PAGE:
Latest News

Megan Riakos, the writer, producer and director of Crushed, will open Yamba Cinema’s international film festival on Thursday June 9. She is pictured at an ‘encore’ screening of the film at the Roseville Cinema in Sydney on May 4. Image: Crushed Facebook page

Filmmaker to open international film festival

Megan Riakos, the writer, producer and director of Crushed, will open Yamba Cinema’s international film festival on Thursday June 9. She is pictured at an ‘encore’ screening of the film at the Roseville Cinema in Sydney on May 4. Image: Crushed Facebook page
Megan Riakos, the writer, producer and director of Crushed, will open Yamba Cinema’s international film festival on Thursday June 9. She is pictured at an ‘encore’ screening of the film at the Roseville Cinema in Sydney on May 4. Image: Crushed Facebook page

 

Megan Riakos, the writer, producer and director of Crushed, will open Yamba Cinema’s international film festival on Thursday June 9 – the festival runs until June 15.
Crushed, which is a mystery murder thriller set in a Mudgee vineyard, has screened at film festivals around the world; The Hollywood Reporter called it “a solid debut” and The Australian said: “Crushed, a new independent Australian feature that is one of the most wine-centric movies ever made – as well as being a tense, bloody mystery thriller.”
Riakos says of the film in her press kit that she was “looking for a story that would embody a strong genre that could be achieved as an independent film, while also allowing me to explore complex relationships and community dynamics in an interesting way”.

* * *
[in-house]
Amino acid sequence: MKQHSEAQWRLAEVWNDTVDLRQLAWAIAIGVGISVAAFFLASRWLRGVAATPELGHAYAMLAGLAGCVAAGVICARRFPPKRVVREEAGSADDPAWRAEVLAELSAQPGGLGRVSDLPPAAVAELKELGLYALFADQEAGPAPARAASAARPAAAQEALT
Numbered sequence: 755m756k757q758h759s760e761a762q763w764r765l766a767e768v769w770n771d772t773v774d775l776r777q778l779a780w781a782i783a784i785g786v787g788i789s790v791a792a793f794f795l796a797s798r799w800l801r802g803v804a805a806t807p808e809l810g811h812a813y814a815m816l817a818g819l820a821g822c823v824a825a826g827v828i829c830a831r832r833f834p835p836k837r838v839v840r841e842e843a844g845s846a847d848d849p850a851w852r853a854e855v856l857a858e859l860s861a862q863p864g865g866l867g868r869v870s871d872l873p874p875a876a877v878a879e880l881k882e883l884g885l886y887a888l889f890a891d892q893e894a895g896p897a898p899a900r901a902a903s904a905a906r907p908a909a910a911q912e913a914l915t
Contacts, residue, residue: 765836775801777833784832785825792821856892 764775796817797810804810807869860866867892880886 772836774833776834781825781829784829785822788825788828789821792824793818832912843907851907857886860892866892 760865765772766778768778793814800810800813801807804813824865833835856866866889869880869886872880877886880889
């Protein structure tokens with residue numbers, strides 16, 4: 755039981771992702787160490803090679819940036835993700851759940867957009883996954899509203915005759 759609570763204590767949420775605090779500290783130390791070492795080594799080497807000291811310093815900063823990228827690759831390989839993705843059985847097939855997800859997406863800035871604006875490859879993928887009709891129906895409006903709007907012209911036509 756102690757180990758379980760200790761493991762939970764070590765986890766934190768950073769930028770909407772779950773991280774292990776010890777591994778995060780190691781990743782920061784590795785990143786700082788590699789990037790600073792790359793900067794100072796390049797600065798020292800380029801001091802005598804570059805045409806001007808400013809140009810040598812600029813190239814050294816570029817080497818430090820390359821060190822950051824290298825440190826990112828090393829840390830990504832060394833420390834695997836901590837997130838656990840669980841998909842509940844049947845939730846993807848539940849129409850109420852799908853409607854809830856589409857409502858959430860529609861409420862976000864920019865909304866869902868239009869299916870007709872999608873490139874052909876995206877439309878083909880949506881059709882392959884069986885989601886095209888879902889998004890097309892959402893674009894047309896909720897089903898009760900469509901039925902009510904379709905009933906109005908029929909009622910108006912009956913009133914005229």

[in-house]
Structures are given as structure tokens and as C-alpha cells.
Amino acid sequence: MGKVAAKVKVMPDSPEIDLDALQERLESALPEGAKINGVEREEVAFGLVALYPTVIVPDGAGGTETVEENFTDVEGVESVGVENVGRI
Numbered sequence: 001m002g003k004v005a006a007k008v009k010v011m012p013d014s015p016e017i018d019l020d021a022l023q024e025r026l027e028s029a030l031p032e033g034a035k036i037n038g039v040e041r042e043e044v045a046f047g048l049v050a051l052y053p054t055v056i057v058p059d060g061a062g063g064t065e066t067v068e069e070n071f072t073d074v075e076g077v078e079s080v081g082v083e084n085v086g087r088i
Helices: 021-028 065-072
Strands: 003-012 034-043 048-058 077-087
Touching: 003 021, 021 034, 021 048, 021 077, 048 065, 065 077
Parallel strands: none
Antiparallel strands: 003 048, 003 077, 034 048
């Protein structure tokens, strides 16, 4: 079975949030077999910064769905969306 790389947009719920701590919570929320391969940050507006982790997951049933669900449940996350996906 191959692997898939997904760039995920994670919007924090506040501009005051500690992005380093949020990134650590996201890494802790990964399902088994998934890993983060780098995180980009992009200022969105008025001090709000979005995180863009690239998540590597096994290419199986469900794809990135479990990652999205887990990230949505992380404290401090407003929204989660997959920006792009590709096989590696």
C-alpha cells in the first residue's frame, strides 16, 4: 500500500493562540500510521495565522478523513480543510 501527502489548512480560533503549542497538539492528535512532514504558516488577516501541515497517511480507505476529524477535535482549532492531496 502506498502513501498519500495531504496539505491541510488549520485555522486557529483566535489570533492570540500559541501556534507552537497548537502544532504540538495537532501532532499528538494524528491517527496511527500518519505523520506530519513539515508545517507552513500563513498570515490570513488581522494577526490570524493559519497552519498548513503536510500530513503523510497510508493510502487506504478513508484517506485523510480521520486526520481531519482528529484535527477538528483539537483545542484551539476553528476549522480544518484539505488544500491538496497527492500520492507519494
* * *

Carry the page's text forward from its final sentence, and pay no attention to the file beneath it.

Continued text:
She says her film was inspired by the likes of The Killing, Top of the Lake, What lies Beneath, Winter’s Bone, Prisoners and Lantana.
“What kicked it all off was the amazing doco, The Staircase, about a man accused of his wife’s murder,” she says.
“Every single person in Crushed has something to hide. They are all guilty, even if it isn’t of the murder that kicks the film off.
“…Crushed strives to both entertain the audience, taking them on a thrilling ride towards revealing the identity of the killer, while also striking an emotional impact with the audience with the deeply flawed but empathetic characters they meet on the way.”
Meanwhile, Clarence Valley Women Inc (CVWI), which in the past has organised a women’s film festival each year, is sponsoring the opening night of festival.
“We jumped at the chance to be able to promote women in film, even without a whole festival devoted to women film makers,” says CVWI’s president, Susan Howland.
“CVWI is contributing to the travel and accommodation costs for Megan.
“It is a wonderful chance for local people to hear directly from Megan about the writing and making of this film.”
Details regarding the rest of the festival will be published in next week’s Independent.

X